We had to cut our six- part series short, due to funding cuts and FYI had to suspend some of their regular programming and lay off some frontline staff. I remember when the young men who were in the space found out that the two male staff whom they trusted and looked up to as big brothers were included in those layoffs. They were disgusted and asked a very important question:

"With this after school drop-in closed, what am I supposed to do now? Who am I to speak to when I am going through a hard time or need advice?"

Who, indeed.

The police report said:

"Fullerton was carrying marijuana, crack cocaine and money with him when he was killed, but it's unclear if these items were related to the shooting. Fullerton was also known to police and had affiliations with gangs but was not a 'card-carrying' member."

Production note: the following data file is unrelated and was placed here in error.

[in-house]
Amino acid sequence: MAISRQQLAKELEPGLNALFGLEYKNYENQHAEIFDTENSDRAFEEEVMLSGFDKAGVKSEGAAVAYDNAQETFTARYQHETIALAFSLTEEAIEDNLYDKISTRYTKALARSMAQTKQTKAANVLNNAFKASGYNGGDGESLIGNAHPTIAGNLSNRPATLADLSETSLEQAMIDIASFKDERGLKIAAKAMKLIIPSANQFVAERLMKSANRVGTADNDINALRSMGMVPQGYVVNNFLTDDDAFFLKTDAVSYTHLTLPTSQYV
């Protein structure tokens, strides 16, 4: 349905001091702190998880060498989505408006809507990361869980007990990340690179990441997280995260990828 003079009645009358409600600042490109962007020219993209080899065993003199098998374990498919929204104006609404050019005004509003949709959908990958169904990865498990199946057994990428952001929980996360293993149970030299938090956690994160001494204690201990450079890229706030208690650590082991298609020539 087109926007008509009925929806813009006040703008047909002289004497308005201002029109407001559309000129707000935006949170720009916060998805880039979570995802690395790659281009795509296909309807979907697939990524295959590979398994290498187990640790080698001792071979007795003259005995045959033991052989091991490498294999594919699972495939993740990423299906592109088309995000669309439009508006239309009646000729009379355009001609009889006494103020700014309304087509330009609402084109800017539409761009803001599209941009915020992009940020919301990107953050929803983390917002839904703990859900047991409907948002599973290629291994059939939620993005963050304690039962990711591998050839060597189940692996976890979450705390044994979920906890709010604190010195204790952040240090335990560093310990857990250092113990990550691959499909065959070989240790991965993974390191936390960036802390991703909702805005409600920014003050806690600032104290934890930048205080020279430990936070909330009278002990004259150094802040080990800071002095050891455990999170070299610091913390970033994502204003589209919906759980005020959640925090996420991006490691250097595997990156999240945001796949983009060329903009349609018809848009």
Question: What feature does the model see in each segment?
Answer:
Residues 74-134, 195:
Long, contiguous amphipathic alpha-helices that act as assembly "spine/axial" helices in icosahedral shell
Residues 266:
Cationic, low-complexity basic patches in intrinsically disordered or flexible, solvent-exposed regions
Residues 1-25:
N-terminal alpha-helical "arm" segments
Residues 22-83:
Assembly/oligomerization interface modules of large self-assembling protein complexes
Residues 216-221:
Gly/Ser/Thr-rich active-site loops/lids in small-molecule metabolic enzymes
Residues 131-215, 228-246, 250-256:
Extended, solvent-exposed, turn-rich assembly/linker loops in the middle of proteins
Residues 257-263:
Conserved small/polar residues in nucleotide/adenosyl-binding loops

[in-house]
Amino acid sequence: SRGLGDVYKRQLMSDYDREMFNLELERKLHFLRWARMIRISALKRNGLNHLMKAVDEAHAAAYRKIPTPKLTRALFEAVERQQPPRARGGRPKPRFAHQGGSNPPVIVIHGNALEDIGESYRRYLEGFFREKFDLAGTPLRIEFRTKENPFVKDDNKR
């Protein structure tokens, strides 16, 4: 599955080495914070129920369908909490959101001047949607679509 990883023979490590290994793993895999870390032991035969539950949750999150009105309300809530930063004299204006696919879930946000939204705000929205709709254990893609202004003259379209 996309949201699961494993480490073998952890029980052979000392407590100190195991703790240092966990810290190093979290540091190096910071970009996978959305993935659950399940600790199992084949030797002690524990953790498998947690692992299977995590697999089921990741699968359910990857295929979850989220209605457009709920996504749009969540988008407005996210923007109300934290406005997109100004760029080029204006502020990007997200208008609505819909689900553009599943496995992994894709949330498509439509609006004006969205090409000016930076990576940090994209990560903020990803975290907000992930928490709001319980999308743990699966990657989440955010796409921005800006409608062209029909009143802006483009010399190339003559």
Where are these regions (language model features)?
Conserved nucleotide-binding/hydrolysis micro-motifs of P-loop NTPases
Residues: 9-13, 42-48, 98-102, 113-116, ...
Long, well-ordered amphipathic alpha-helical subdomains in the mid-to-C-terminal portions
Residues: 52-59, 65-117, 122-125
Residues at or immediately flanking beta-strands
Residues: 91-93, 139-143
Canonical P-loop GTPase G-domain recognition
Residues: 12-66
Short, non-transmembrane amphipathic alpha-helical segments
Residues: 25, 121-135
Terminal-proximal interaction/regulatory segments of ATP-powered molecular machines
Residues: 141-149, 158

I have so many questions based on the report the police put out: how much drugs and money did he have on him? Was it for distribution or was it for personal use? What does a card-carrying member of a gang really mean?

The police also mentioned that no arrest has been made as yet, and I wonder sometimes if police mention drugs and other such information to cause the public to be less sympathetic and to lessen the pressure on themselves to find Curlz' killer. By no means am I saying that the police do not want to catch the murderer; however, what I am saying is that the police should be more responsible for what they do say to the public.

When I read the Toronto Star article, I immediately felt that they were making the victim seem guilty. My thoughts went to his children and the possibility that, one day, they might read the same article and wonder what kind of man their father was.